echo $item->ItemAttributes->Author . "<p />";
    }

    // save the output buffer to the cache
    // for the next run
    // then dump it to the client
    echo $cache->end(1800);
}
?>
</body>
</html>


I'm assuming here that you already know how to use ECS (in case you don't, look at for a tutorial on the subject) and so will focus on the caching aspects of the system.

Since this Web page contains intermingled HTML and PHP code, it's convenient to use the Cache_Output class here. The first task, obviously, is to initialize and configure the cache; I've set the cache to refresh itself at 30-minute intervals, since this seems like a reasonable period of time. Next, I've used the start() method to see if any data already exists in the cache, and display it if so.

If no data exists, the PEAR SOAP class is include()-d in the script, a SOAP client is instantiated, and a request is made to Amazon.com for a list of sci-fi bestsellers (node ID 25 in the ECS system). The response is then parsed and formatted into a Web page suitable for display; it is also simultaneously saved to the cache so that future requests for the same page can be served instantly, without having to query the ECS system each time.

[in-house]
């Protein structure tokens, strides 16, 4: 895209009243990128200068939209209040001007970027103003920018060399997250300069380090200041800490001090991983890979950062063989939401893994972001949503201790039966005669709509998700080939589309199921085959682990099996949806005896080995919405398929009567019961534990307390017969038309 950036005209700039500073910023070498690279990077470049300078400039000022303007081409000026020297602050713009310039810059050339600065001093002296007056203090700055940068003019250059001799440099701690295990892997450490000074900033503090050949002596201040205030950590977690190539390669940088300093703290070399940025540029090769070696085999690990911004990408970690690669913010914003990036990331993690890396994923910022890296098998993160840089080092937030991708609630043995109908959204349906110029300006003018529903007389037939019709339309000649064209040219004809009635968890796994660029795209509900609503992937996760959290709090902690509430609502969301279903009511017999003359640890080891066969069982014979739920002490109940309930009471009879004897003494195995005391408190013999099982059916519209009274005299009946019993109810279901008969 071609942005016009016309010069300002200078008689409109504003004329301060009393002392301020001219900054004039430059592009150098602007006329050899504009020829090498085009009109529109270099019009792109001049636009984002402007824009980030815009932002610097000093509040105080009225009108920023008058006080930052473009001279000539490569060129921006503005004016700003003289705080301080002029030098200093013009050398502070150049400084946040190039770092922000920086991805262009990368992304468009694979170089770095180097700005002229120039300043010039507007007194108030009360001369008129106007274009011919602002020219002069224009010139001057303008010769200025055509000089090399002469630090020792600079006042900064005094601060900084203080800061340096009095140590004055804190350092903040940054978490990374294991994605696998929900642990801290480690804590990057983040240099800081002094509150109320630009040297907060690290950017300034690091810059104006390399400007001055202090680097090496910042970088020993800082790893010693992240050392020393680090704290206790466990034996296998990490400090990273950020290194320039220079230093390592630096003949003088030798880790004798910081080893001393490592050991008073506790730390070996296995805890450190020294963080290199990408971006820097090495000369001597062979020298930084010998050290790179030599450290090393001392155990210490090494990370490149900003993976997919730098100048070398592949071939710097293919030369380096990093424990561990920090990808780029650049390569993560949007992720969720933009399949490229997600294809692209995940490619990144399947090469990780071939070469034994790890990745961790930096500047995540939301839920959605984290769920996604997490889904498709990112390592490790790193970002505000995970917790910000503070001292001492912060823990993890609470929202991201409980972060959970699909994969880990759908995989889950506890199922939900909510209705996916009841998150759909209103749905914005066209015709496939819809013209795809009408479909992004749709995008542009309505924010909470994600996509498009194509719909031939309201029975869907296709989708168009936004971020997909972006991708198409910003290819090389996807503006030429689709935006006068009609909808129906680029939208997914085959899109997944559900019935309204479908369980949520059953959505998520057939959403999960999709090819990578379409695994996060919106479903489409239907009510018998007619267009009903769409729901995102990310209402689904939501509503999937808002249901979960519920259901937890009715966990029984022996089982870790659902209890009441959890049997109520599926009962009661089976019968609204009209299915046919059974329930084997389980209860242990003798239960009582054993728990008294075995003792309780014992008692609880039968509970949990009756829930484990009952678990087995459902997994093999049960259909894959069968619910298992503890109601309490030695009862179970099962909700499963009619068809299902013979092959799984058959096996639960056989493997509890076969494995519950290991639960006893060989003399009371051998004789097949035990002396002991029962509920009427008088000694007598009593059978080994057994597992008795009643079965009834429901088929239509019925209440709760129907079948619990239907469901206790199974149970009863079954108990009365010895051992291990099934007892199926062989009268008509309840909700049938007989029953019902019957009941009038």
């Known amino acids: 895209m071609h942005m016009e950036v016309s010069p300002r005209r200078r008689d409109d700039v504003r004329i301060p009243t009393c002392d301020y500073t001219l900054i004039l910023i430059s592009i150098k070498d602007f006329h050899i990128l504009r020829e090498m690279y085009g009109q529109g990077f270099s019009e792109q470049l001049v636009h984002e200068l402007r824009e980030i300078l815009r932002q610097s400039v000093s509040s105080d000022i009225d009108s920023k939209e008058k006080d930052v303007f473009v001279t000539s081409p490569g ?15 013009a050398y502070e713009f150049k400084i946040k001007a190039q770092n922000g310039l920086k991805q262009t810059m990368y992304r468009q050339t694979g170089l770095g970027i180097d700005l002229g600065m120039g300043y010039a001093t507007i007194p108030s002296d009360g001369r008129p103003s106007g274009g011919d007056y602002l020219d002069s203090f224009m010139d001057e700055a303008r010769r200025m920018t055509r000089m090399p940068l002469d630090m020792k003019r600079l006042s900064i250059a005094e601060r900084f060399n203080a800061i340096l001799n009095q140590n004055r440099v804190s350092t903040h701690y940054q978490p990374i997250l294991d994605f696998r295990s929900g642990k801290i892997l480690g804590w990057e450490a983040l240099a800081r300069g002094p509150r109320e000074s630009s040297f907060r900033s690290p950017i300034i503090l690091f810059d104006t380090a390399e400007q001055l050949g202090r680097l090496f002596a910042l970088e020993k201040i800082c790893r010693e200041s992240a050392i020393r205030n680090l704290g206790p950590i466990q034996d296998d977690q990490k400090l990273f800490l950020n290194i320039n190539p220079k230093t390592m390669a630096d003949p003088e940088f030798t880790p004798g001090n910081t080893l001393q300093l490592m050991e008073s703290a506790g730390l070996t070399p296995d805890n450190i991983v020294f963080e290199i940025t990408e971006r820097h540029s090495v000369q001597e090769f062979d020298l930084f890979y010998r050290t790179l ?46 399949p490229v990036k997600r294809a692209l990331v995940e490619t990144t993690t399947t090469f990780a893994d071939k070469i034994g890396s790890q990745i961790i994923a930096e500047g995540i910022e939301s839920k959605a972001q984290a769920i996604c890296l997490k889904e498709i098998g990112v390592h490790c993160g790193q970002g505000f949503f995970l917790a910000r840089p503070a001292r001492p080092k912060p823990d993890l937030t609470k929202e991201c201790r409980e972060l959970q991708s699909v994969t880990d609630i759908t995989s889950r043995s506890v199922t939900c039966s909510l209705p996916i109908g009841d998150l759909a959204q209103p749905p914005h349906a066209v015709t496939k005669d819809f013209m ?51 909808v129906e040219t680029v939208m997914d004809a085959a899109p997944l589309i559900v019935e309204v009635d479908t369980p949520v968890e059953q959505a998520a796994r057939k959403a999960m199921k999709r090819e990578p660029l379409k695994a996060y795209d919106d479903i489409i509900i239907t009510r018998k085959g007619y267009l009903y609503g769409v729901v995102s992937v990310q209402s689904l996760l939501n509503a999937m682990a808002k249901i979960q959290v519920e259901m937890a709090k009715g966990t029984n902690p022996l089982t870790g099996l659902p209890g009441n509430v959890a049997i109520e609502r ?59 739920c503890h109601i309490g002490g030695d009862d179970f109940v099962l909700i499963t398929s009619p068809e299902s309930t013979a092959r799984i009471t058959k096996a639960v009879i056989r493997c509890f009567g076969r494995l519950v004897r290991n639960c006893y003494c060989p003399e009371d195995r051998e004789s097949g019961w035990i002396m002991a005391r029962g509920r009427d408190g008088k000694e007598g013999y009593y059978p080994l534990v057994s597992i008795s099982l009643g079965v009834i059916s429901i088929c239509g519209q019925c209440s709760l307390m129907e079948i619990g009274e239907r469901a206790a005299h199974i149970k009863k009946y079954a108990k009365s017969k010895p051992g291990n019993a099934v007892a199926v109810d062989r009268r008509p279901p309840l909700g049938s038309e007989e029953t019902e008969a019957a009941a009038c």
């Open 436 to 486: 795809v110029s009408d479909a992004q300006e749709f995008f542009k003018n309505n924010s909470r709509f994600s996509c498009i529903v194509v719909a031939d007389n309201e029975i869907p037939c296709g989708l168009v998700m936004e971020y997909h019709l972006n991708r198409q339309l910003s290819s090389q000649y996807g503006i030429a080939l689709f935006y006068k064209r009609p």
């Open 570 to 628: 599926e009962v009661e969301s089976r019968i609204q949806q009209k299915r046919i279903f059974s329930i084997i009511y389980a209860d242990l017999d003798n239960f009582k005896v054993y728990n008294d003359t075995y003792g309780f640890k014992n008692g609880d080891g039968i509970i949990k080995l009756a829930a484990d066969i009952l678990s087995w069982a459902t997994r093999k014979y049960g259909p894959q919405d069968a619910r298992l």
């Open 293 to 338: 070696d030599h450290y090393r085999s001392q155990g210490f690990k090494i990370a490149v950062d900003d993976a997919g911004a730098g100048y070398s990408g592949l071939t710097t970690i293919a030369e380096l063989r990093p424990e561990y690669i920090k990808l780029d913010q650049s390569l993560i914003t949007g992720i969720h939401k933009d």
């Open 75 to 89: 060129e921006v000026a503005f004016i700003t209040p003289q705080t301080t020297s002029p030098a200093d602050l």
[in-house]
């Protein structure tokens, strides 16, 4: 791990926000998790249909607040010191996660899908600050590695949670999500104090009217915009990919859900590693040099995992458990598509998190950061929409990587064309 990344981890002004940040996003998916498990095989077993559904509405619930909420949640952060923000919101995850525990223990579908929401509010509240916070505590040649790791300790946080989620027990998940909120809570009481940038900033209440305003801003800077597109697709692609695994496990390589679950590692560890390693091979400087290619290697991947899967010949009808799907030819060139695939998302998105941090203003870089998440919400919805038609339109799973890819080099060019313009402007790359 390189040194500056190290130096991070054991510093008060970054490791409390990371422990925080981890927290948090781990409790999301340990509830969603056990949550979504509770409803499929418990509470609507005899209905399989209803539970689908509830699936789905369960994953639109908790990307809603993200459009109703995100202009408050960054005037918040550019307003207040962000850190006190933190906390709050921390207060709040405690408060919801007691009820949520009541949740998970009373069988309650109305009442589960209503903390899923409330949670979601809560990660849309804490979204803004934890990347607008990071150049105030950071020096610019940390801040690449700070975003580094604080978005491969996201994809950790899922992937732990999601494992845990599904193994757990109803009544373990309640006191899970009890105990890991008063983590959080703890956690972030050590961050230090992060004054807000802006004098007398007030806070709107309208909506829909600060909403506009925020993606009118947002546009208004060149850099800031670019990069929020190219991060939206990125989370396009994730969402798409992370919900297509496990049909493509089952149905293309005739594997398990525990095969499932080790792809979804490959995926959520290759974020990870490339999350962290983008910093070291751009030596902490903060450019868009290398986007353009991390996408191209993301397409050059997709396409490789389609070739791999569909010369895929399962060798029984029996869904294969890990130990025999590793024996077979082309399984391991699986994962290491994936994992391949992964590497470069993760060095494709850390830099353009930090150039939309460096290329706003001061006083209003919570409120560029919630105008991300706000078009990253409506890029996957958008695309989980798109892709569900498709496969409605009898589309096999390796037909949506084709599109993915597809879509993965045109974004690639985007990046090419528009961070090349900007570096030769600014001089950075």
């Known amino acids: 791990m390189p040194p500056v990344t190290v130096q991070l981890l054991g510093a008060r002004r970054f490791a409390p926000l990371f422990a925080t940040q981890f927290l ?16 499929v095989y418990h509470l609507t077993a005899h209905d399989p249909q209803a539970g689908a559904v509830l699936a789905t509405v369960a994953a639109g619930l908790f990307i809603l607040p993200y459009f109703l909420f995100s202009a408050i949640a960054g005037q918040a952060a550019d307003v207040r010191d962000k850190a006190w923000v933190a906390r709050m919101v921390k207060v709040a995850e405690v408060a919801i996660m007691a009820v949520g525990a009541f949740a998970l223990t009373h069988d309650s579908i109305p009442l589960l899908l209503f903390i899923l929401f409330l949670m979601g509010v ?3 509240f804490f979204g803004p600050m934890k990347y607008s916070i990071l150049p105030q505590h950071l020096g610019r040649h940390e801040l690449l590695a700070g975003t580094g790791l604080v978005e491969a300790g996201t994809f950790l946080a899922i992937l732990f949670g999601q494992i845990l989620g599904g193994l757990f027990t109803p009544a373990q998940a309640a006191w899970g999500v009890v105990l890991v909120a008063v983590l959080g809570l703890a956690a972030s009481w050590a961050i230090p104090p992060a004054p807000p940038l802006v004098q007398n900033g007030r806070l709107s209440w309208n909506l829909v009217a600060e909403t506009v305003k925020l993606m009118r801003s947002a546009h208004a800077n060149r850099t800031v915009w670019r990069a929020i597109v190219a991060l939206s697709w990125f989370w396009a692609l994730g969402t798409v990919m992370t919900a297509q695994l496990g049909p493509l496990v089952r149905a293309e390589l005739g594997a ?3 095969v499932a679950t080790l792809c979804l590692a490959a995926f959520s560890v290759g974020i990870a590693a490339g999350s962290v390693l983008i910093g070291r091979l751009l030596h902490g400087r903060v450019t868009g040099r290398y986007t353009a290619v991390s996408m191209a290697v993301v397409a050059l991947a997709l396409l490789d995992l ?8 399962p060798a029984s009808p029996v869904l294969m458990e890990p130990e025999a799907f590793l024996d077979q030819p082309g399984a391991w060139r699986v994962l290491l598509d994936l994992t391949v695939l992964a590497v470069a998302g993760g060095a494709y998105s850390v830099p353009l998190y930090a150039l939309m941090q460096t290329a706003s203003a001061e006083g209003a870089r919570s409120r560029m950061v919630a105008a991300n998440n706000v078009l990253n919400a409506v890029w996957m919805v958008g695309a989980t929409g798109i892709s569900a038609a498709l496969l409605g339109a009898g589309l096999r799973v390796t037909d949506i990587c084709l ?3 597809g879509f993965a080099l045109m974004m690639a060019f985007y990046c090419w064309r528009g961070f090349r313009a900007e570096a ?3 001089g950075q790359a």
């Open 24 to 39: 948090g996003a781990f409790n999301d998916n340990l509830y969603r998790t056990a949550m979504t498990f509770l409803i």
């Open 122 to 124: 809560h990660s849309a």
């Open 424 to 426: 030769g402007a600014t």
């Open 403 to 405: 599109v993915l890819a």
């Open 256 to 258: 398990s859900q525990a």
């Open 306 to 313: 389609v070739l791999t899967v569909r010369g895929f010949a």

And that's about all I have time for today. I hope this tutorial offered some insight into how PEAR's Cache class can be used to speed up performance on your Web site, and gave you some ideas to improve the responsiveness of your site. Until next time...happy coding!


Copyright notice:

This article is copyright Melonfire, 2017. All rights reserved.

All source code, brand names, trademarks and other content contained herein and proprietary to Melonfire, 2017. All rights reserved.

Source code within this article is provided with NO WARRANTY WHATSOEVER. It is meant for illustrative purposes only, and is NOT recommended for use in production environments.

Copyright infringement is a violation of law.

Printed from http://www.melonfire.com/community/columns/trog/article.php?id=276